Mechanical Engineering

Do the math!

In a world where we can go from a CAD model to a 3D printed part well within a typical working day, it’s easy to get excited about just how fast one can iterate and explore design alternatives.

As engineers, we can't forget that as the excitement of the creation within a conceptualization phase comes to a crescendo, a critical step in comparing design alternatives and detailing out a preferred approach involves completing tolerance stacks. A tolerance stack is simply an analysis of how the various components of a design will fit and/or perform together based on the anticipated components’ dimensional differences, which will be seen in production.

Depending on the criticality of what is being designed, a tolerance stack can be scaled as appropriate — think medical device versus a pencil box. In the case of a pencil box, a couple hand calculations and you may be well on your way to a final design with very low risk of issues. Now contrast that to a complicated disposable medical device that has dozens of interacting components made from several multi-cavity tools to keep up with the millions of devices needed each year — you better have a robust tolerance stack analysis method. It is the latter scenario that has driven the latest revisions in our tolerance stack methods.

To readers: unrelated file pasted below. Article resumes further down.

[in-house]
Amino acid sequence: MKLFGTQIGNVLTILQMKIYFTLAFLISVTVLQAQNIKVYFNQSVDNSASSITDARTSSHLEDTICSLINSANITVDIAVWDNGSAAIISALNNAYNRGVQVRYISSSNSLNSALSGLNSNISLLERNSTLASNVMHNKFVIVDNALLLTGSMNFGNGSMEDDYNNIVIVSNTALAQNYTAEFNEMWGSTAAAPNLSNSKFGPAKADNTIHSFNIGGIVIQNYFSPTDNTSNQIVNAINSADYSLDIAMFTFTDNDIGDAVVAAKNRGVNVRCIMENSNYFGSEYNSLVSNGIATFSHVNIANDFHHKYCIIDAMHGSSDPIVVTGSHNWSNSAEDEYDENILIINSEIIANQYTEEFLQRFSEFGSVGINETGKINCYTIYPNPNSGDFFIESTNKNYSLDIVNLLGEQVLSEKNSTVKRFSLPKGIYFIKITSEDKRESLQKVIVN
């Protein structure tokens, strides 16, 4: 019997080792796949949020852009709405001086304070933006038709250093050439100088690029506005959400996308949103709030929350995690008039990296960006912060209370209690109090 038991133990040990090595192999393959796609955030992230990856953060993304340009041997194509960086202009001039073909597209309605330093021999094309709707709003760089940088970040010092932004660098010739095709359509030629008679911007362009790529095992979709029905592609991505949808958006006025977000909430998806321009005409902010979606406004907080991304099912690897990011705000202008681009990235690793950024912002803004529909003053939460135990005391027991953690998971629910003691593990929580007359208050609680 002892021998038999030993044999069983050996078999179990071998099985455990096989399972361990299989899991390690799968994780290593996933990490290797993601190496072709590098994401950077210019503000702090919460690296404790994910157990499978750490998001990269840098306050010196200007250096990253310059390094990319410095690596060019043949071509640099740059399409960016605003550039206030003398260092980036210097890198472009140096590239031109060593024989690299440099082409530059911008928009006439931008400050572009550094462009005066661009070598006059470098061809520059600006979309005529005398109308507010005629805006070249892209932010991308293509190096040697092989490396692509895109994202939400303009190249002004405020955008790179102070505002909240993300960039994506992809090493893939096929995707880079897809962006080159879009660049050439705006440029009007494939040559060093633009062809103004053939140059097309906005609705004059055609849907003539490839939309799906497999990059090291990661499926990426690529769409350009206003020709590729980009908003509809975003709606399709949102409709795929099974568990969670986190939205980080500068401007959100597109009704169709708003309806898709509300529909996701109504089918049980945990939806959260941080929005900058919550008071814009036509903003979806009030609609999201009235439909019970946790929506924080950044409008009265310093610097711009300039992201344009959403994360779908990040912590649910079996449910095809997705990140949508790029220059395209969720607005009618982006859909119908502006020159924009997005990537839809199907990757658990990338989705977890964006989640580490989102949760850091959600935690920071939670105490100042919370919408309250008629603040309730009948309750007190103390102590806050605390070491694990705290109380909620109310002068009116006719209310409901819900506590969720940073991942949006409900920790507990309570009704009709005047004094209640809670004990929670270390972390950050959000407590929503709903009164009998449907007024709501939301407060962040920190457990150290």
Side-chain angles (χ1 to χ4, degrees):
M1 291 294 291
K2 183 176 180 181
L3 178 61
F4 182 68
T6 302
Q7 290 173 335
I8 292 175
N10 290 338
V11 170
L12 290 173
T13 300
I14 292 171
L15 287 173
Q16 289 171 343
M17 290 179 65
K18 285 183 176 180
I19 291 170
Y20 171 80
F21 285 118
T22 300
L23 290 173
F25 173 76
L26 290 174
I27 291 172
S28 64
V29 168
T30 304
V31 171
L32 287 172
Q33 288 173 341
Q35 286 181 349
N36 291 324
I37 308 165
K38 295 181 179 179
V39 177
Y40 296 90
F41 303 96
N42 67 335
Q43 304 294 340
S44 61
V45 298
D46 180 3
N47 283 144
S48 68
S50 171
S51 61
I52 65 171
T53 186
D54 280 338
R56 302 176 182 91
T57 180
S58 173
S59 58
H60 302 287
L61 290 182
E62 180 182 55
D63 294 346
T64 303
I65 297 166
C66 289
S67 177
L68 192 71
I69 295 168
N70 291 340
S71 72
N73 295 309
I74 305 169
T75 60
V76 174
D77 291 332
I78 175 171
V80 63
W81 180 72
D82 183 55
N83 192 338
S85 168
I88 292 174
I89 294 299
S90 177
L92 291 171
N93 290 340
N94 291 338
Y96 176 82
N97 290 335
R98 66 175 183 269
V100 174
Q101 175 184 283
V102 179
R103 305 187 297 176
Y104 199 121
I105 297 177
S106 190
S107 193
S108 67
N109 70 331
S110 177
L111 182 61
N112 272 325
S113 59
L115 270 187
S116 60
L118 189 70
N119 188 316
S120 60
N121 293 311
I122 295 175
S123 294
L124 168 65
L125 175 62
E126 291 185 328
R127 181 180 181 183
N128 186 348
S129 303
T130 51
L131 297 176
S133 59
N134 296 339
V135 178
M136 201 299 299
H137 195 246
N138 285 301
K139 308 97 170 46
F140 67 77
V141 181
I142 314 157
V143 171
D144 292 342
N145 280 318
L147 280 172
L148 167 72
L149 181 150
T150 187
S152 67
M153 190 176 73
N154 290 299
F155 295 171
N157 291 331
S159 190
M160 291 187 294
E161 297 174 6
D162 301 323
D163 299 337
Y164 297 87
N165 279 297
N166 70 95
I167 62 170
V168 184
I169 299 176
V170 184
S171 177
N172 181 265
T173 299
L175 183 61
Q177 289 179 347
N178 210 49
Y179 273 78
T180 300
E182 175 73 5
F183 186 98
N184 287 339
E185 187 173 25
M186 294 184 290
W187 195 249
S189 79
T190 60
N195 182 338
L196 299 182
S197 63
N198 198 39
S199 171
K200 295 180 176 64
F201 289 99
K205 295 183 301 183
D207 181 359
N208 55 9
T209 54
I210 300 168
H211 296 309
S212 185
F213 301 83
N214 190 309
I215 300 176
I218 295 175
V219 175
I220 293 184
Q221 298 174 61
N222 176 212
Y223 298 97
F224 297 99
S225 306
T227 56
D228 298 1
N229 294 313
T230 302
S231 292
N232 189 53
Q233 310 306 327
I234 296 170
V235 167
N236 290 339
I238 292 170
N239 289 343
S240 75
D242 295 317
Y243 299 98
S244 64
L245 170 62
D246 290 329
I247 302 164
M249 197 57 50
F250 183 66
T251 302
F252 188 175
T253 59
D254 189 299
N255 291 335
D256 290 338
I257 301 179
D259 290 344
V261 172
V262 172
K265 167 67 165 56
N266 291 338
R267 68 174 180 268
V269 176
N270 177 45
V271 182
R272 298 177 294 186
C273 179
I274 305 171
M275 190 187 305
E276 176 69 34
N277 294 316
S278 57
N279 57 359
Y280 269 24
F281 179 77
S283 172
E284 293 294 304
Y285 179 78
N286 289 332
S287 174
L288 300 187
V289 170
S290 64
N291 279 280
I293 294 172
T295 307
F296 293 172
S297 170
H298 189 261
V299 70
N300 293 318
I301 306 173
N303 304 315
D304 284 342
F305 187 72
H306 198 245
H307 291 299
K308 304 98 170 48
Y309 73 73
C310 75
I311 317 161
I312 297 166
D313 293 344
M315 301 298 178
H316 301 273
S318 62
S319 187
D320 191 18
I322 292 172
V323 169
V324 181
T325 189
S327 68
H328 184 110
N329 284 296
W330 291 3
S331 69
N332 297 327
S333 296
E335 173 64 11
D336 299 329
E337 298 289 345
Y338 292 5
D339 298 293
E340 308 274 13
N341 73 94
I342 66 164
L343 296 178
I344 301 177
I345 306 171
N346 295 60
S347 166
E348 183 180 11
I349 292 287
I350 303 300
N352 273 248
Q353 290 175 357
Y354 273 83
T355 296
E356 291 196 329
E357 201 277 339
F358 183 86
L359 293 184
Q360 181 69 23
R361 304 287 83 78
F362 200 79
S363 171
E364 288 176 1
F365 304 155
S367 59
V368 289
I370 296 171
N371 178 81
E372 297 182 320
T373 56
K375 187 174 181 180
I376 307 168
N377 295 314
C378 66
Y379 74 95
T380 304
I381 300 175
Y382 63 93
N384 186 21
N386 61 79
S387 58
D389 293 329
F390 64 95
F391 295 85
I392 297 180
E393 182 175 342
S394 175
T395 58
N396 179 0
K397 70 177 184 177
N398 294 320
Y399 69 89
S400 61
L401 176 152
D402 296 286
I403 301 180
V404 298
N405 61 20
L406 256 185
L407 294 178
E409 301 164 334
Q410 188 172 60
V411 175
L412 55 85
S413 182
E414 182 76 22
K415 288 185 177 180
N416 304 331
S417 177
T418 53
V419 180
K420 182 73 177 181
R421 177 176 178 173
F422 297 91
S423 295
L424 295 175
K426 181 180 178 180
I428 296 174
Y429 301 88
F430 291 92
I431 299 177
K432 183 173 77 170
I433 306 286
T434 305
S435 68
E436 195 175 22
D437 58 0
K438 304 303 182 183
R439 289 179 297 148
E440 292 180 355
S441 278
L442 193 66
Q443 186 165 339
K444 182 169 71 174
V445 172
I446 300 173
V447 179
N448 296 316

While certain scenarios justify advanced tolerance analysis methods such as 3D Monte Carlo Simulations, we still see significant value in more traditional 2D tolerance stacks. Certainly, one of the most challenging aspects of a tolerance analysis is maintaining it as the program transitions through first-article approvals, pilot production, and eventually process validation.

​The original tolerance stack is usually based on a compromise between what the development team is hoping for and the operations team and vendor base is willing to sign up for.

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